0=Σ_{k}({*S* _{X}(*k*)*M* ^{ss}(*k*)−*M* ^{sX}(*k*)}*w**)/(*w* ^{T} *{S* _{X}(*k*) *M* ^{ss}(*k*)−*M* ^{sX}(*k*)}*w**)−(*M* ^{ss}(*k*)*w**)/(*w* ^{T } *M* ^{ss}(*k*) *w**)

0=Σ_{k}(*w* ^{T} *{S* _{X}(*k*)*M* ^{ss}(*k*)−*M* ^{sX}(*k*)})/(*w* ^{T} *{S* _{X}(*k*) *M* ^{ss}(*k*)−*M* ^{sX}(*k*)}*w**)−(*w* ^{T } *M* ^{ss}(*k*))/(*w* ^{T } *M* ^{ss}(*k*)*w**)

Of course, the second set of equations is just the hermitian conjugate of the first set of equations, so there is only one independent set of equations. Note that the constraint ∥w∥=1 avoids the trivial solution of ∥w∥→∞.

These equations can be solved by numerical methods such as the Newton-Raphson multidimensional root finding method and Broyden's method. And as with the optimization methods, these numerical methods require a good starting point. So again use one or more a single-tone solutions from section 6 to generate one or more solutions, and take the best solution as the TEQ tap weights for the receiver.

5. Real TEQ by Gradient Analysis Preferred Embodiments

For a real w use e_{real-g}(k) and solve the analogous directional derivative equations:

0=Σ_{k}(*w* ^{T } *Re{S* _{X}(*k*) *M* ^{ss}(*k*)−*M* ^{sX}(*k*)})/(*w* ^{T } *Re{S* _{X}(*k*) *M* ^{ss}(*k*)−*M* ^{sX}(*k*)}*w*)−(*w* ^{T } *Re{M* ^{ss}(*k*)})/(*w* ^{T } *Re{M* ^{ss}(*k*)}*w*)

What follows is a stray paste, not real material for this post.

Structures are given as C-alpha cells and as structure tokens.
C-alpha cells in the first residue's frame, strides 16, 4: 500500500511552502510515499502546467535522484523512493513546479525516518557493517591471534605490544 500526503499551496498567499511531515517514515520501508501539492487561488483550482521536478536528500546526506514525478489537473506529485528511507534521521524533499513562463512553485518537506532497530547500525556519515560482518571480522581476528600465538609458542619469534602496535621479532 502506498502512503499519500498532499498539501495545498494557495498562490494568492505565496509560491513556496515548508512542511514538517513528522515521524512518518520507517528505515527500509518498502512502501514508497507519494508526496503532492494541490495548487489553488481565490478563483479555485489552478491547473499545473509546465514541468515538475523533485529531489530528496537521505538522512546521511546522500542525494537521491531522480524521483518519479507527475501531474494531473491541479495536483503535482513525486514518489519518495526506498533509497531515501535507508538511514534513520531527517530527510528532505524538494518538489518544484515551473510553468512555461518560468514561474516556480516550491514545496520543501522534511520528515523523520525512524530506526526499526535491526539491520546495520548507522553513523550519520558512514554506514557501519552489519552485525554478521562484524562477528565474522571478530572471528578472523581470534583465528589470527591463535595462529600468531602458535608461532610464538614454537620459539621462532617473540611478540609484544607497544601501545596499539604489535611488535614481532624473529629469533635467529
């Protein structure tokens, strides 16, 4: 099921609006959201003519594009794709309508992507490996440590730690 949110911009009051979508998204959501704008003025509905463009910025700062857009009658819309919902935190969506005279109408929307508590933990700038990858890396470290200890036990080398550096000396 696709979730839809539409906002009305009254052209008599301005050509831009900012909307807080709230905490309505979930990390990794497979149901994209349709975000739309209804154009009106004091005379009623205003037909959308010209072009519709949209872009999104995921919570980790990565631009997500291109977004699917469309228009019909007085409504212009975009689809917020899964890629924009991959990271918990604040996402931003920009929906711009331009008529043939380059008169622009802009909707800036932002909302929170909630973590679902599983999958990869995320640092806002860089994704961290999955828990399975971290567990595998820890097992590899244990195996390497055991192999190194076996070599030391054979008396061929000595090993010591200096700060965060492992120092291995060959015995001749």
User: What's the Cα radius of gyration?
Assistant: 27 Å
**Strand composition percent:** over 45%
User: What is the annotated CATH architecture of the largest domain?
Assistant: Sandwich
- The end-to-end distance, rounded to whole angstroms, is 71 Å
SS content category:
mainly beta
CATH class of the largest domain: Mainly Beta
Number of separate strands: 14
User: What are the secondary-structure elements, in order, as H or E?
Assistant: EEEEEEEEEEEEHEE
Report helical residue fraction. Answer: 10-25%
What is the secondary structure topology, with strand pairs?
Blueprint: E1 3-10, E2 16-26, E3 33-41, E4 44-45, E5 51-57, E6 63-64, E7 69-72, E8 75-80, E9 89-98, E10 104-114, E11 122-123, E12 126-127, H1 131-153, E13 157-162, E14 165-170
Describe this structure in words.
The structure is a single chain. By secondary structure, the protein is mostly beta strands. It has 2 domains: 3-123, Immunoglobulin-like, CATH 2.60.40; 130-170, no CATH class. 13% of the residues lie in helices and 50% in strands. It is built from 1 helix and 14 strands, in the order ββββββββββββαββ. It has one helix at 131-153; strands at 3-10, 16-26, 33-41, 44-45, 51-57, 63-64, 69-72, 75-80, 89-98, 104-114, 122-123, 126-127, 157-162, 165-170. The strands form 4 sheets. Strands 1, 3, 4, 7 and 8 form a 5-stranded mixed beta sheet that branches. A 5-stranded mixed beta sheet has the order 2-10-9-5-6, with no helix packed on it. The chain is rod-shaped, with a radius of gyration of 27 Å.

As with the complex w of section 4, these equations can be solved by numerical methods such as the Newton-Raphson multidimensional root finding method and Broyden's method to yield the tap weights of the TEQ. Again a good starting point is needed for the numerical methods, and following section 6 provides a good starting point. And again multiple starting points may be used to generate multiple candidate real TEQs, and then select the best of the candidates as the TEQ.

6. Single-Tone Preferred Embodiments

The preceding methods typically require a good starting point (w_{initial }or w_{real-initial}) to converge to a global TEQ solution, w_{opt }or w_{real-opt}. A preferred embodiment method finds a good starting point for the preceding methods by finding the optimal w_{tonek-opt }or w_{tonek-real-opt }for the case of only tone k being used and then taking w_{initial}=w_{tonek-opt }or w_{real-initial}=w_{tonek-real-opt}. For the case of single tone k, the product to minimize is just a single e(k), and the minimization can be explicitly performed. In particular, the preferred embodiments first optimize with respect to w and then solve for g(k).

(a) For a complex w the g(k) could be absorbed into w and there is a simple solution: